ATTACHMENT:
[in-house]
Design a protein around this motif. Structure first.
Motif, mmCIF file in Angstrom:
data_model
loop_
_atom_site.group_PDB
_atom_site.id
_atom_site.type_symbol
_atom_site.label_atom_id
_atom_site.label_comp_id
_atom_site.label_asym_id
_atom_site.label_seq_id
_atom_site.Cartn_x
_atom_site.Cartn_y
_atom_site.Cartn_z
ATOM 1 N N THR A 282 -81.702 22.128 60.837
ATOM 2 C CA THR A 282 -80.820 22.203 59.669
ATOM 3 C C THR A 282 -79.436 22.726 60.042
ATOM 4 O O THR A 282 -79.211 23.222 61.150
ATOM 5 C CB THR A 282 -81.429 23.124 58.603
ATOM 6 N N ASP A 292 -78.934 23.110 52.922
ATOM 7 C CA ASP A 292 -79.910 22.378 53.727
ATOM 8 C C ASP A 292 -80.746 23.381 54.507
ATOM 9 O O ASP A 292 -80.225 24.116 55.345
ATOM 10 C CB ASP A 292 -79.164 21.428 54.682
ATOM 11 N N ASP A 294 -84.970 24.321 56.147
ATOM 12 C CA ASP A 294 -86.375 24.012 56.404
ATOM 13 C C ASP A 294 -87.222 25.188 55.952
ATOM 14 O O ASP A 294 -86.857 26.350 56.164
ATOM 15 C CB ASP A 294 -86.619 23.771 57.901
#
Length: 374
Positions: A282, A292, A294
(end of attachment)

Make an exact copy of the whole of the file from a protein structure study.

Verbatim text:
[in-house]
Design a protein around this motif. Structure first.
Motif, mmCIF file in Angstrom:
data_model
loop_
_atom_site.group_PDB
_atom_site.id
_atom_site.type_symbol
_atom_site.label_atom_id
_atom_site.label_comp_id
_atom_site.label_asym_id
_atom_site.label_seq_id
_atom_site.Cartn_x
_atom_site.Cartn_y
_atom_site.Cartn_z
ATOM 1 N N THR A 282 -81.702 22.128 60.837
ATOM 2 C CA THR A 282 -80.820 22.203 59.669
ATOM 3 C C THR A 282 -79.436 22.726 60.042
ATOM 4 O O THR A 282 -79.211 23.222 61.150
ATOM 5 C CB THR A 282 -81.429 23.124 58.603
ATOM 6 N N ASP A 292 -78.934 23.110 52.922
ATOM 7 C CA ASP A 292 -79.910 22.378 53.727
ATOM 8 C C ASP A 292 -80.746 23.381 54.507
ATOM 9 O O ASP A 292 -80.225 24.116 55.345
ATOM 10 C CB ASP A 292 -79.164 21.428 54.682
ATOM 11 N N ASP A 294 -84.970 24.321 56.147
ATOM 12 C CA ASP A 294 -86.375 24.012 56.404
ATOM 13 C C ASP A 294 -87.222 25.188 55.952
ATOM 14 O O ASP A 294 -86.857 26.350 56.164
ATOM 15 C CB ASP A 294 -86.619 23.771 57.901
#
Length: 374
Positions: A282, A292, A294